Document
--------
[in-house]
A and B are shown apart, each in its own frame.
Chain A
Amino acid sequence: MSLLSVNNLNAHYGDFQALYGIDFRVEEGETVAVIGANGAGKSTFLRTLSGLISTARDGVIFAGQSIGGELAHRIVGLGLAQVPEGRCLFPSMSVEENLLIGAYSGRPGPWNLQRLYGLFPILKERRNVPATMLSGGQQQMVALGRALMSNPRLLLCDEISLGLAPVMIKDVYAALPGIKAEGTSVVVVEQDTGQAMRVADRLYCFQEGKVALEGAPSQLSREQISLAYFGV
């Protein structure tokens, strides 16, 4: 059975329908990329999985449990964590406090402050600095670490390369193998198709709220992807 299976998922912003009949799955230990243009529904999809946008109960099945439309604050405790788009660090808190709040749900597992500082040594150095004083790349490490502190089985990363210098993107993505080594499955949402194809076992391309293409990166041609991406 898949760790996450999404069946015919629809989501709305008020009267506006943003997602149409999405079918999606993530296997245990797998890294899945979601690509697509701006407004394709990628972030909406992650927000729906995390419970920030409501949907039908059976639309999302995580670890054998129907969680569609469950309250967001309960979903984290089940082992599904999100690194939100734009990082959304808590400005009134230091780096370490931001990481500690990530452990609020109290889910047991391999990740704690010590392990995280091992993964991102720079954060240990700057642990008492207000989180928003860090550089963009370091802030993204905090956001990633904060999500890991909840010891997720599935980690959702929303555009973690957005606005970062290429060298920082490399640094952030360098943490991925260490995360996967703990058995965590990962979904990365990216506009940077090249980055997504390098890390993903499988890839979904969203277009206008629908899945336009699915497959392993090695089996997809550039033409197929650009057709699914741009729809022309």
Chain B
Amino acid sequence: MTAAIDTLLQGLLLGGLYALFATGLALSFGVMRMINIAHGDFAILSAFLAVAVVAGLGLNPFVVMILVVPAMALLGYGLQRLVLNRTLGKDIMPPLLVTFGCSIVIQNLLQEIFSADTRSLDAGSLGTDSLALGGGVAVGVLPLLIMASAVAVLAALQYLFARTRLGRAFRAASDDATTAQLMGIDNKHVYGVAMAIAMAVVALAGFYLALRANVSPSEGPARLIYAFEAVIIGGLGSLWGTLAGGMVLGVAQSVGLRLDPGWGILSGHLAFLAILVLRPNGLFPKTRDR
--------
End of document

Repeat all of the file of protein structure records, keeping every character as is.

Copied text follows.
[in-house]
A and B are shown apart, each in its own frame.
Chain A
Amino acid sequence: MSLLSVNNLNAHYGDFQALYGIDFRVEEGETVAVIGANGAGKSTFLRTLSGLISTARDGVIFAGQSIGGELAHRIVGLGLAQVPEGRCLFPSMSVEENLLIGAYSGRPGPWNLQRLYGLFPILKERRNVPATMLSGGQQQMVALGRALMSNPRLLLCDEISLGLAPVMIKDVYAALPGIKAEGTSVVVVEQDTGQAMRVADRLYCFQEGKVALEGAPSQLSREQISLAYFGV
């Protein structure tokens, strides 16, 4: 059975329908990329999985449990964590406090402050600095670490390369193998198709709220992807 299976998922912003009949799955230990243009529904999809946008109960099945439309604050405790788009660090808190709040749900597992500082040594150095004083790349490490502190089985990363210098993107993505080594499955949402194809076992391309293409990166041609991406 898949760790996450999404069946015919629809989501709305008020009267506006943003997602149409999405079918999606993530296997245990797998890294899945979601690509697509701006407004394709990628972030909406992650927000729906995390419970920030409501949907039908059976639309999302995580670890054998129907969680569609469950309250967001309960979903984290089940082992599904999100690194939100734009990082959304808590400005009134230091780096370490931001990481500690990530452990609020109290889910047991391999990740704690010590392990995280091992993964991102720079954060240990700057642990008492207000989180928003860090550089963009370091802030993204905090956001990633904060999500890991909840010891997720599935980690959702929303555009973690957005606005970062290429060298920082490399640094952030360098943490991925260490995360996967703990058995965590990962979904990365990216506009940077090249980055997504390098890390993903499988890839979904969203277009206008629908899945336009699915497959392993090695089996997809550039033409197929650009057709699914741009729809022309």
Chain B
Amino acid sequence: MTAAIDTLLQGLLLGGLYALFATGLALSFGVMRMINIAHGDFAILSAFLAVAVVAGLGLNPFVVMILVVPAMALLGYGLQRLVLNRTLGKDIMPPLLVTFGCSIVIQNLLQEIFSADTRSLDAGSLGTDSLALGGGVAVGVLPLLIMASAVAVLAALQYLFARTRLGRAFRAASDDATTAQLMGIDNKHVYGVAMAIAMAVVALAGFYLALRANVSPSEGPARLIYAFEAVIIGGLGSLWGTLAGGMVLGVAQSVGLRLDPGWGILSGHLAFLAILVLRPNGLFPKTRDR